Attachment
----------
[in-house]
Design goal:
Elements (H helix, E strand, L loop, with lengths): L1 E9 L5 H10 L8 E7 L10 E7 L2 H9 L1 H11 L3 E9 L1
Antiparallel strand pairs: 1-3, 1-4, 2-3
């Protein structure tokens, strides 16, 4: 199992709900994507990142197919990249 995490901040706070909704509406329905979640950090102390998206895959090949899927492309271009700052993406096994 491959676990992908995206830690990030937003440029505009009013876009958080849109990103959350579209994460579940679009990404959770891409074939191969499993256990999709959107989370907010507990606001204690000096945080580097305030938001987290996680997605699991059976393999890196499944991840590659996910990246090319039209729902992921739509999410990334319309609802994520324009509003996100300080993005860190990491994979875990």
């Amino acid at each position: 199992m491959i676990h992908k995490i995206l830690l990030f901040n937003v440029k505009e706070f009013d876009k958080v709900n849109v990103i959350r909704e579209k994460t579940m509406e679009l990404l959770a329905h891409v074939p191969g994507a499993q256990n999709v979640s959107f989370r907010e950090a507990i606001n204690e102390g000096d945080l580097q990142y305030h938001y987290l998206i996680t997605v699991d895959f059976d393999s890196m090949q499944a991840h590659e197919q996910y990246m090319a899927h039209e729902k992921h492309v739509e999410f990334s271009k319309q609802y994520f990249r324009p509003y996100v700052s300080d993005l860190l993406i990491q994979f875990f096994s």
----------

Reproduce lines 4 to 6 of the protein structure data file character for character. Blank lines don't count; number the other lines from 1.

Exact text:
Antiparallel strand pairs: 1-3, 1-4, 2-3
């Protein structure tokens, strides 16, 4: 199992709900994507990142197919990249 995490901040706070909704509406329905979640950090102390998206895959090949899927492309271009700052993406096994 491959676990992908995206830690990030937003440029505009009013876009958080849109990103959350579209994460579940679009990404959770891409074939191969499993256990999709959107989370907010507990606001204690000096945080580097305030938001987290996680997605699991059976393999890196499944991840590659996910990246090319039209729902992921739509999410990334319309609802994520324009509003996100300080993005860190990491994979875990």
């Amino acid at each position: 199992m491959i676990h992908k995490i995206l830690l990030f901040n937003v440029k505009e706070f009013d876009k958080v709900n849109v990103i959350r909704e579209k994460t579940m509406e679009l990404l959770a329905h891409v074939p191969g994507a499993q256990n999709v979640s959107f989370r907010e950090a507990i606001n204690e102390g000096d945080l580097q990142y305030h938001y987290l998206i996680t997605v699991d895959f059976d393999s890196m090949q499944a991840h590659e197919q996910y990246m090319a899927h039209e729902k992921h492309v739509e999410f990334s271009k319309q609802y994520f990249r324009p509003y996100v700052s300080d993005l860190l993406i990491q994979f875990f096994s």